What’s the social scene like? How easy is it to make friends?
The expat life in Singapore is incredibly social and it is very easy to make friends. The expat community is very transient, with people leaving and arriving all the time. Everyone can remember what it is like being the new person in town and so everyone is always very welcoming.
Most families have live-in domestic helpers, and so even if you have young kids your social life can continue almost as normal, as you have a live-in babysitter! This means that people have very active social lives, with after-work drinks, mid-week dinners etc all commonplace.
What’s the best thing about living in Singapore?
For me, the best thing about living in Singapore is the weather and outdoor lifestyle. The weather is hot and humid all year round, and although you get big tropical downpours, you also get a lot of sunshine. Because expats often live in condos with swimming pools, it’s a bit of a resort lifestyle. It takes a bit of getting used to because all weekend you feel like you are on vacation! The food is also amazing.
Singapore is super easy if you have kids, there is so much to do with kids in Singapore and you also have help at home, which makes a huge difference to your quality of life.
What’s the hardest thing about living in Singapore?
The hardest thing about living in Singapore is the transient nature of the expat community. While it is great to constantly be able to make new friends, this also means that you are always having to say goodbye to old ones. If you are a long-termer, this can be hard after a while – both for you and your kids.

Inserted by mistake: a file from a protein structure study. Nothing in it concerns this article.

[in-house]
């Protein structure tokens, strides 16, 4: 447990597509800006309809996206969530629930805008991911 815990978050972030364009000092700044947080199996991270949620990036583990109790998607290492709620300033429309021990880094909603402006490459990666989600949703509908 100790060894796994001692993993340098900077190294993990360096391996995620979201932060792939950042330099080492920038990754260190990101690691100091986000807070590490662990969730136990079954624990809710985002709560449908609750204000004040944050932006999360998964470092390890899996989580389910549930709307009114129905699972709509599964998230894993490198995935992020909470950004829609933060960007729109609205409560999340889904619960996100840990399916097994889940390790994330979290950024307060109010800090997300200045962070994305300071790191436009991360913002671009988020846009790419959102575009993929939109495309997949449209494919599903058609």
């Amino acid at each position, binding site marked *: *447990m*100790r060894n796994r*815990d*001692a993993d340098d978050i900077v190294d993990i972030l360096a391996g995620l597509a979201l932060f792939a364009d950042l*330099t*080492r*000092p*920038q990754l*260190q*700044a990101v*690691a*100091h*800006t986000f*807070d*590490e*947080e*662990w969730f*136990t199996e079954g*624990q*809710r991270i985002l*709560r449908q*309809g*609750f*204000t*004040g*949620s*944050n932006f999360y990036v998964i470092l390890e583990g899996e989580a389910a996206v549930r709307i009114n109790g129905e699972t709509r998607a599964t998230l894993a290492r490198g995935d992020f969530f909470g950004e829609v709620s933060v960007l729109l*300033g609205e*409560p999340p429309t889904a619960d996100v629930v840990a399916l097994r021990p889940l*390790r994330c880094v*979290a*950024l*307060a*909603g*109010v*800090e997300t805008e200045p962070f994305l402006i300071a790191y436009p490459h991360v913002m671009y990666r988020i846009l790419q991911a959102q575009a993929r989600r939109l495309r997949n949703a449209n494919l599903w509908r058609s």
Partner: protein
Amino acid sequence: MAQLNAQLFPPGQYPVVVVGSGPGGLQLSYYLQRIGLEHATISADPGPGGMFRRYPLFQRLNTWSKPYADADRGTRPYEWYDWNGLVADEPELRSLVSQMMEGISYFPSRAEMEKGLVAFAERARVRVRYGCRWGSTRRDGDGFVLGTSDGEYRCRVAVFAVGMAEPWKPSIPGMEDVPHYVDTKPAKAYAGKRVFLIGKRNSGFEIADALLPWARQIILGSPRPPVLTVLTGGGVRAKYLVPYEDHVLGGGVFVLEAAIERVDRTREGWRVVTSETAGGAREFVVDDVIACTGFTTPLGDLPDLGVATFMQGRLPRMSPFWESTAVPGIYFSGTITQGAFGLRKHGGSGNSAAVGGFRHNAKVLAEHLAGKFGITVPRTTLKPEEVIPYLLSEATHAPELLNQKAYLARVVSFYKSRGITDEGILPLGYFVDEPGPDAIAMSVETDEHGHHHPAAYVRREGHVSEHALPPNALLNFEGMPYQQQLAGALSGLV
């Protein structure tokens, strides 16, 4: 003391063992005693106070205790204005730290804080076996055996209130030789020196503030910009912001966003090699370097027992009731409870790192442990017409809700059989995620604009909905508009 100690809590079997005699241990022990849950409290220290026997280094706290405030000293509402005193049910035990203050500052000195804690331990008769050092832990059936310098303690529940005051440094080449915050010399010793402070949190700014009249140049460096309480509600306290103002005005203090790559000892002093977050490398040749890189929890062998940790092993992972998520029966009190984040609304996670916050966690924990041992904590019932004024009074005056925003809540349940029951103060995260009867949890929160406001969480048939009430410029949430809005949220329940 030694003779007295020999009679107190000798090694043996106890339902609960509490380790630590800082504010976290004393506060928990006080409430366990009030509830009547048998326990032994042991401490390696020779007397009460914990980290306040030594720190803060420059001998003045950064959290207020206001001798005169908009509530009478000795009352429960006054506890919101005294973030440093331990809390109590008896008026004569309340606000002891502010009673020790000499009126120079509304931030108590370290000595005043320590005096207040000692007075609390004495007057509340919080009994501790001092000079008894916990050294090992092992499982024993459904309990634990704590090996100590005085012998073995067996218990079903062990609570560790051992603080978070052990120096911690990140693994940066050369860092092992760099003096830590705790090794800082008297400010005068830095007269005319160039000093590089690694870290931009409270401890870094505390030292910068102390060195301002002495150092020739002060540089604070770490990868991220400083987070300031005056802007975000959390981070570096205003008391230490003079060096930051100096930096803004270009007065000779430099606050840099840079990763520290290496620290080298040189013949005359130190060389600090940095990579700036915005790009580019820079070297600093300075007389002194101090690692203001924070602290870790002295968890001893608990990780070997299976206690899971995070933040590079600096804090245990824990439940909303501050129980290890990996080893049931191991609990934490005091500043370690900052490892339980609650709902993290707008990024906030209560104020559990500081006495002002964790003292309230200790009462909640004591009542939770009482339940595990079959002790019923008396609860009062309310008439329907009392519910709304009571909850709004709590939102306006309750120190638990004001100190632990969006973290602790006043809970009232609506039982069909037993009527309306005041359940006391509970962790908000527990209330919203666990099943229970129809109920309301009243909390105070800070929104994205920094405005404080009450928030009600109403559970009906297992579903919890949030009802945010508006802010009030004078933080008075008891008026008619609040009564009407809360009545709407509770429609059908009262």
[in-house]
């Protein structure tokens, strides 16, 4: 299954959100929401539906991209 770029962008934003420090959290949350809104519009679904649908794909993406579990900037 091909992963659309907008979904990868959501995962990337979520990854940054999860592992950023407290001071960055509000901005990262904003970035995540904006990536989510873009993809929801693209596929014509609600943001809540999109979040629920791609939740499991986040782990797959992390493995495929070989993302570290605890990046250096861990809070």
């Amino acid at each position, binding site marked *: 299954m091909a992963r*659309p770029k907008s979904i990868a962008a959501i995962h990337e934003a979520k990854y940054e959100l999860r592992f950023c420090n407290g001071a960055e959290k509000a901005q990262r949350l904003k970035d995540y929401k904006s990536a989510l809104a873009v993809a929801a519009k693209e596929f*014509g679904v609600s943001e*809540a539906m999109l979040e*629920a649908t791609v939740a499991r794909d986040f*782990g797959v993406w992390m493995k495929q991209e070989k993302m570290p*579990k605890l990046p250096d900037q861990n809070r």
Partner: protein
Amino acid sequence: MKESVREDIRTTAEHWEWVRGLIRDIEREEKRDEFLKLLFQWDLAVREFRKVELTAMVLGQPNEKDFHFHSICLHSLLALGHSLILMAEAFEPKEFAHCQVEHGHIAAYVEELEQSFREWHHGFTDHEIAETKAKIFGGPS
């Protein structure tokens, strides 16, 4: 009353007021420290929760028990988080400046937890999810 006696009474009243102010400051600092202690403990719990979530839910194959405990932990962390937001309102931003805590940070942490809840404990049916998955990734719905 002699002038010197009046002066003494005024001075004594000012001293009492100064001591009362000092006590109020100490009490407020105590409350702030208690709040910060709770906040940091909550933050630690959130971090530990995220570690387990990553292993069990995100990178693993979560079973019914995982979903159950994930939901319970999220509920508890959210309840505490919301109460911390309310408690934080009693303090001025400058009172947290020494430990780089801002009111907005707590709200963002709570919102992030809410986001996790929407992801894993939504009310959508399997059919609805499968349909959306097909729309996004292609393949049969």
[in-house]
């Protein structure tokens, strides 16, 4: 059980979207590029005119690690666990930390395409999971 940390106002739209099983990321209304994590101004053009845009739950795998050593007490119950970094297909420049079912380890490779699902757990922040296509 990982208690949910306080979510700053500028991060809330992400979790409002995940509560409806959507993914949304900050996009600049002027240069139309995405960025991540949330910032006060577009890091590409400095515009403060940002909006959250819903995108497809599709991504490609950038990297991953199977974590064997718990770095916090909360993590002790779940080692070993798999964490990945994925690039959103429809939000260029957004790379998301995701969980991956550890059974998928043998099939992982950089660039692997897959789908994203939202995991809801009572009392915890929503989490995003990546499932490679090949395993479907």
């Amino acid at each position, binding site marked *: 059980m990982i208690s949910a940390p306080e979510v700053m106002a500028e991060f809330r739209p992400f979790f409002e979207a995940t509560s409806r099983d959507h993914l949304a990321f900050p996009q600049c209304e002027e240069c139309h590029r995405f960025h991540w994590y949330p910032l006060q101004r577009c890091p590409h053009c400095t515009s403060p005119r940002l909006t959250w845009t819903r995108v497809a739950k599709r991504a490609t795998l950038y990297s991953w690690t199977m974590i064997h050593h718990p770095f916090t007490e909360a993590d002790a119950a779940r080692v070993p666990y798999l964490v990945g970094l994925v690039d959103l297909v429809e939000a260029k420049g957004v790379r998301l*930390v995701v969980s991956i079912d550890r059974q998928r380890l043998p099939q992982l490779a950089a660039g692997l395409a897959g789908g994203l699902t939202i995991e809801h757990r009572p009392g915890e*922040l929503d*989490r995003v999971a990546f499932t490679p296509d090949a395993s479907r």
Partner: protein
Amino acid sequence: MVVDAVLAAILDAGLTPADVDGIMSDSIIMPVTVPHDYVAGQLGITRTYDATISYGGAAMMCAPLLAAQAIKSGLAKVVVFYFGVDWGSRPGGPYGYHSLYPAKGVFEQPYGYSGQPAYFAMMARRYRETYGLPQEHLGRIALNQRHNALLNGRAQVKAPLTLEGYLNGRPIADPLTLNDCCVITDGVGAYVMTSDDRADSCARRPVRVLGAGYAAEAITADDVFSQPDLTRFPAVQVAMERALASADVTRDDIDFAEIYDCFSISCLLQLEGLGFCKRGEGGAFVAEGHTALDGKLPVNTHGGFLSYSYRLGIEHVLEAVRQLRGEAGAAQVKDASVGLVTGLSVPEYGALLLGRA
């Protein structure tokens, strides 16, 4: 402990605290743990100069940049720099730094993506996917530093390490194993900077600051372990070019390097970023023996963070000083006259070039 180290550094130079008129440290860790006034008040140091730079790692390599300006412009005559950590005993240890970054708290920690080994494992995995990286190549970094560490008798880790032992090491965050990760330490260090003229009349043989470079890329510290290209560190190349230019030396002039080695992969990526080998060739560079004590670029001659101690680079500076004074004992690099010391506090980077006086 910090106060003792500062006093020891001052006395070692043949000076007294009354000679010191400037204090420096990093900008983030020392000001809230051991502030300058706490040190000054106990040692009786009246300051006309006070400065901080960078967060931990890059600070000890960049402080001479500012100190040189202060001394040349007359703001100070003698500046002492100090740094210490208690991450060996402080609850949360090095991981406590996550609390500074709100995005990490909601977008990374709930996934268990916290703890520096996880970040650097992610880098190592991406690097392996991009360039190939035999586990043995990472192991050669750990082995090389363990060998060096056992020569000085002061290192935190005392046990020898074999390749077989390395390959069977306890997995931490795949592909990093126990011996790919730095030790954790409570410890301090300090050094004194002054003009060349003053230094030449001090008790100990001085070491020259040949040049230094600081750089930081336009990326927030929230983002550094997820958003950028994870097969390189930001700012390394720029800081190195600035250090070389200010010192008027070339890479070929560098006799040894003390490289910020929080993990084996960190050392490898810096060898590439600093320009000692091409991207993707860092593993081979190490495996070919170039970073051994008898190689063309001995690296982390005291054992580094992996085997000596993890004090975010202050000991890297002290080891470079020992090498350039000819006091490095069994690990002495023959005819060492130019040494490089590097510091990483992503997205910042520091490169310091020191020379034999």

How is your new home different from your old one?
We are now living in Sydney and I feel like I have left the ‘expat bubble’ and returned to ‘normal’ life. This has advantages – such as a house with a garden, being able to go on road trips at the weekend, and a more stable lifestyle for the kids, I sure miss my live-in babysitter and mid-week cocktails with the girls!
If we had just one day in Singapore what should we not miss?
Wandering around Chinatown and Little India, eating in a hawker centre, evening drinks in Boat Quay or at one of Singapore’s fabulous roof bars.
When you think of your expat home, what comes to mind?
People often dismiss Singapore as ‘boring’ or ‘sterile’. If you compare it to other crazier Asian cities, then yes it is definitely more westernised, and clean and efficiently run. But you know what this means? It is an AMAZING place to live! It is stunningly beautiful, with amazing architecture, plenty of greenery, fabulous food, good public transport, efficient infrastructure… it may not be as exciting a cultural experience for a tourist, but it is a fabulous environment for its residents.
Can you share your best local/insider tip about where you live?
Singapore is the ‘gateway to Southeast Asia’ – and there are loads of cheap airlines that can connect you to most places in Southeast Asia within a couple of hours flight. Most expats spend their first year traveling like crazy and this is a real bonus of living here.
If you could give one piece of advice to people looking to live in Singapore, what would it be?
Do it! Our 7 years in Singapore were awesome. I would move back in a heartbeat.
You can read more about Marianne and her family’s adventures on her blog, Mum on the Move, or follow along on Instagram, Facebook, and Twitter.